Last year Apple introduced iBeacons, low-energy Bluetooth transmitters that wirelessly send alerts to your iPhone based on your proximity, touting them as a way for retailers to reach shoppers more directly with discounts and deals. As it turns out, they may be good for other things too, like helping you stay more physically fit. The US Department of Health and Human Services has installed several iBeacons and other wireless transmitters throughout its headquarters building in Washington, D.C. that send employees alerts encouraging them to "take the long way back to their desks," and hydrate more, as Bloomberg reports.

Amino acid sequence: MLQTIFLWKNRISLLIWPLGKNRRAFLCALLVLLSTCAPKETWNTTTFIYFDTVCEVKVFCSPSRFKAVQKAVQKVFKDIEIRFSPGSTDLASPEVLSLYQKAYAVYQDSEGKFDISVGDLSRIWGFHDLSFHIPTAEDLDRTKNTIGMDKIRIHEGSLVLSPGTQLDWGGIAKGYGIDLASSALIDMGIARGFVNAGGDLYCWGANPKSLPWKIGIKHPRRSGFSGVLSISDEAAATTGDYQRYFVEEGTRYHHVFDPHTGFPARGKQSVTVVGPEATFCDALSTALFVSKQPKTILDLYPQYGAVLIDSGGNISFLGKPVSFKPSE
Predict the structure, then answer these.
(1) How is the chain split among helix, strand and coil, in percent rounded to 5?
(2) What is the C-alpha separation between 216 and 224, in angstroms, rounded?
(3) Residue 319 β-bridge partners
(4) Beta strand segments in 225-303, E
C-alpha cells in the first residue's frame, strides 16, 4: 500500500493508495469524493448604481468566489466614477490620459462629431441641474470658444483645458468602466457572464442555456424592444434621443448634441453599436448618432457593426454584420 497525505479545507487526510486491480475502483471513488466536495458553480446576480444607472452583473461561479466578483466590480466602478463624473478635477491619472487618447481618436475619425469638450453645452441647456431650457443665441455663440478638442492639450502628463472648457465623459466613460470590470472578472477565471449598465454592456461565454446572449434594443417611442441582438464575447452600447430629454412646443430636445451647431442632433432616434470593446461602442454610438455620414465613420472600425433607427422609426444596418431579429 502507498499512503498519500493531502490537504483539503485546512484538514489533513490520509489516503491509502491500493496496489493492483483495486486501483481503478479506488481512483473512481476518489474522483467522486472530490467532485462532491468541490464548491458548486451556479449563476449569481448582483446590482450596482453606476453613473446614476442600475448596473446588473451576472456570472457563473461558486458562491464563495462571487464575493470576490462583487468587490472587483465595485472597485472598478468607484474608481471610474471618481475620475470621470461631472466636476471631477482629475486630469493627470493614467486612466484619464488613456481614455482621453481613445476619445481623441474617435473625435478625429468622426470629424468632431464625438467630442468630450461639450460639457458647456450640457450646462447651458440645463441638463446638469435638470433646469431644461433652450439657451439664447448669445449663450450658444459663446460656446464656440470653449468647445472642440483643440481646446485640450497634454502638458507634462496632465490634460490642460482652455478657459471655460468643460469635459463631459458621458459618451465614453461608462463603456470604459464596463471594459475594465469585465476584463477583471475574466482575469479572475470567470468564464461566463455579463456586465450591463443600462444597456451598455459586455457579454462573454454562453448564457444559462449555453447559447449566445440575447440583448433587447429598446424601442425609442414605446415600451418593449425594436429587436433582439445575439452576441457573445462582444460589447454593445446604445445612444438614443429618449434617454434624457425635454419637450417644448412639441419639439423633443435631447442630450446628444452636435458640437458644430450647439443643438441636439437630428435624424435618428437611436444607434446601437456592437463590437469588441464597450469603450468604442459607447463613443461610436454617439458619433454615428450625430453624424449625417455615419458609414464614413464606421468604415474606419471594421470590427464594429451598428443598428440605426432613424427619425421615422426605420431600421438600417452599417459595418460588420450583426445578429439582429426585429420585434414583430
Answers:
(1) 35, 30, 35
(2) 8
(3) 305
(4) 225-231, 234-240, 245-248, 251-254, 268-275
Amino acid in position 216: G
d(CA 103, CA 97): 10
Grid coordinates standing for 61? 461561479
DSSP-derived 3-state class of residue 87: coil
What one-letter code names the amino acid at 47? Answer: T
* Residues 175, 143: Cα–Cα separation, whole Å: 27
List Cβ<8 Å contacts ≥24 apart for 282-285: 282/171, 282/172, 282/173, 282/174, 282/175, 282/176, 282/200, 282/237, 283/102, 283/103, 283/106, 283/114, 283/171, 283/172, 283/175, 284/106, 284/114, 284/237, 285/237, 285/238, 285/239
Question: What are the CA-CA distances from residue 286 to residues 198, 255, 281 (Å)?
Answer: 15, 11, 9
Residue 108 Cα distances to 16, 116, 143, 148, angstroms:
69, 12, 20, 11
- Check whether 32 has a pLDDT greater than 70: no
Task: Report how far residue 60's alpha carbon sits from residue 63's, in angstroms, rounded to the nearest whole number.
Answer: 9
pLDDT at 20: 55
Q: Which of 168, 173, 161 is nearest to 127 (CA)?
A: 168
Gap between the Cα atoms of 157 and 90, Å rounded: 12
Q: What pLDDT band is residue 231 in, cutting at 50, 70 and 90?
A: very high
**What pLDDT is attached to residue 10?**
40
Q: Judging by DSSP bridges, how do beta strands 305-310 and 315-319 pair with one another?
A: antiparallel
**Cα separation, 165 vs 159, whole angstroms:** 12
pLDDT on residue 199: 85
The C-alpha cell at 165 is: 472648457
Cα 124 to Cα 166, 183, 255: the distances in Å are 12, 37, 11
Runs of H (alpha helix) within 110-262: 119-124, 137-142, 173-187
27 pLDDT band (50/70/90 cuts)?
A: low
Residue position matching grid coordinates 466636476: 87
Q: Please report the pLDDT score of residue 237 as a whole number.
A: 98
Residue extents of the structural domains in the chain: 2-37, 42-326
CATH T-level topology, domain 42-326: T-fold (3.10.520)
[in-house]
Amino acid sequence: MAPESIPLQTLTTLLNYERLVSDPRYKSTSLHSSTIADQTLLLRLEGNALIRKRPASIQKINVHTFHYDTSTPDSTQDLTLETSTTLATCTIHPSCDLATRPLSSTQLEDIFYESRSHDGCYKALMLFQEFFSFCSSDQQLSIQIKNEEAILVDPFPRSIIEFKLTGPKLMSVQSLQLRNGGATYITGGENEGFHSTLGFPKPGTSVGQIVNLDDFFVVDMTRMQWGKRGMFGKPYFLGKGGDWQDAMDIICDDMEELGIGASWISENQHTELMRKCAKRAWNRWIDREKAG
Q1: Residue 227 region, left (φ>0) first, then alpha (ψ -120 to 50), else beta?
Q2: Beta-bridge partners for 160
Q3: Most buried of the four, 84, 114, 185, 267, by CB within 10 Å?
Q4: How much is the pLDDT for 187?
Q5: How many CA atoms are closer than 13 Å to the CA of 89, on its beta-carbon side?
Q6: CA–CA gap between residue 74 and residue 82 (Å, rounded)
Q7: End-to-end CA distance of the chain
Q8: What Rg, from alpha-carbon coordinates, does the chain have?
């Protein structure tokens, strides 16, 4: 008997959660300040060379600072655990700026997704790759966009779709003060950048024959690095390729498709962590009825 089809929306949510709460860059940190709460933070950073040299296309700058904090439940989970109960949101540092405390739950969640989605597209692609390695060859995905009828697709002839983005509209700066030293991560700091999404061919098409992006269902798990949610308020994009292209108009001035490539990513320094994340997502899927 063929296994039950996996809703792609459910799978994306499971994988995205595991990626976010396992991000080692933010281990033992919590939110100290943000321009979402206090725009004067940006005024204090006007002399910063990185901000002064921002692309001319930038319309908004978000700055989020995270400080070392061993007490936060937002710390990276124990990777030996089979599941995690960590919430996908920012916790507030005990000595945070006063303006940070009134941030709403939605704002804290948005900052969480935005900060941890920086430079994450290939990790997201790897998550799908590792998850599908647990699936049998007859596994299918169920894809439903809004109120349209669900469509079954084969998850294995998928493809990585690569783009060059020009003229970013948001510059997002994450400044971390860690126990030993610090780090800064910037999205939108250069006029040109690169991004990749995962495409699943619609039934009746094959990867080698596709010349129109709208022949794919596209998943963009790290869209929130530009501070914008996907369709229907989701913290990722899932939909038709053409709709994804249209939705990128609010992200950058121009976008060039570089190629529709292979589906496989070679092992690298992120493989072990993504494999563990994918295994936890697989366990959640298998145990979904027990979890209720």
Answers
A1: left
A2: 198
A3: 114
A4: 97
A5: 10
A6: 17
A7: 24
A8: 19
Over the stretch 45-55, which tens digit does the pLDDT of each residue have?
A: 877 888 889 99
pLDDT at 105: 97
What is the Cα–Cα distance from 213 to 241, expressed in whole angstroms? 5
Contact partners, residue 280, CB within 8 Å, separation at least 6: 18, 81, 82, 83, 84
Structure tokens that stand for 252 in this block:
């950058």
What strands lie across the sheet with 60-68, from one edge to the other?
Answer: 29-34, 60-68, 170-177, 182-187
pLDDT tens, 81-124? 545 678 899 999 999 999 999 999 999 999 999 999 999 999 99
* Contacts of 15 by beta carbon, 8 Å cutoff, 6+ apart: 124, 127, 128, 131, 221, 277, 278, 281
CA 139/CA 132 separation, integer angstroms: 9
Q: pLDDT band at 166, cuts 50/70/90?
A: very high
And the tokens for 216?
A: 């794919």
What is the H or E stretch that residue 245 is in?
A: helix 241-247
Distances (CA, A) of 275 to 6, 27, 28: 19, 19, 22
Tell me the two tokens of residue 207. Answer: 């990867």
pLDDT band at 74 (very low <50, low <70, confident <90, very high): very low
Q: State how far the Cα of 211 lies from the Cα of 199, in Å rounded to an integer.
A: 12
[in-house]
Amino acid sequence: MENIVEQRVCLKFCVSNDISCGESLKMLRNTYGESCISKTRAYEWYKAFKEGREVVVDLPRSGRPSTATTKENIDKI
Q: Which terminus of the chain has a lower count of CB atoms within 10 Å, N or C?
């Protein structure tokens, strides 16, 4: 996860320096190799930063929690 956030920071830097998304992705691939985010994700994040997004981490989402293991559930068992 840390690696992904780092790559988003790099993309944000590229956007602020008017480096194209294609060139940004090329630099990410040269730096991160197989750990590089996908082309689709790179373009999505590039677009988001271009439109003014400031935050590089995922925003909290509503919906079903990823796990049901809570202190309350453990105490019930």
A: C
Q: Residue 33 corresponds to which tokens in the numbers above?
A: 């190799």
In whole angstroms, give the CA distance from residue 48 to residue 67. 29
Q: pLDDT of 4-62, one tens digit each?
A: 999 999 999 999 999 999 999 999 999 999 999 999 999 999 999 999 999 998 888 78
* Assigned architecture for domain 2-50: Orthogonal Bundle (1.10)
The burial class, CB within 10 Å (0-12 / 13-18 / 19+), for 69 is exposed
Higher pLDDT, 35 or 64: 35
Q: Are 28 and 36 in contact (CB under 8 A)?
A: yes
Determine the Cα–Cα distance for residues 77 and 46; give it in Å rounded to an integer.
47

The executive in charge of the project calls them "an angel on your shoulder helping you make the right choices." Although just an experiment for now, the Health Department already has set up a scoreboard of its employees showing who is the "healthiest" in the office, and plans to implement an even more ambitious version of the system that will encourage people to take the stairs and potentially even collect data on their activity from their smartphones.
It certainly seems reasonable the the US agency dedicated to the country's health needs would want to be on the bleeding edge of such technology. At the same time, Bloomberg notes that many other companies are trying similar technologically-assisted ways of encouraging their employees to be more fit and healthy, but that it will probably take some time to see mainstream adoption throughout US corporate culture.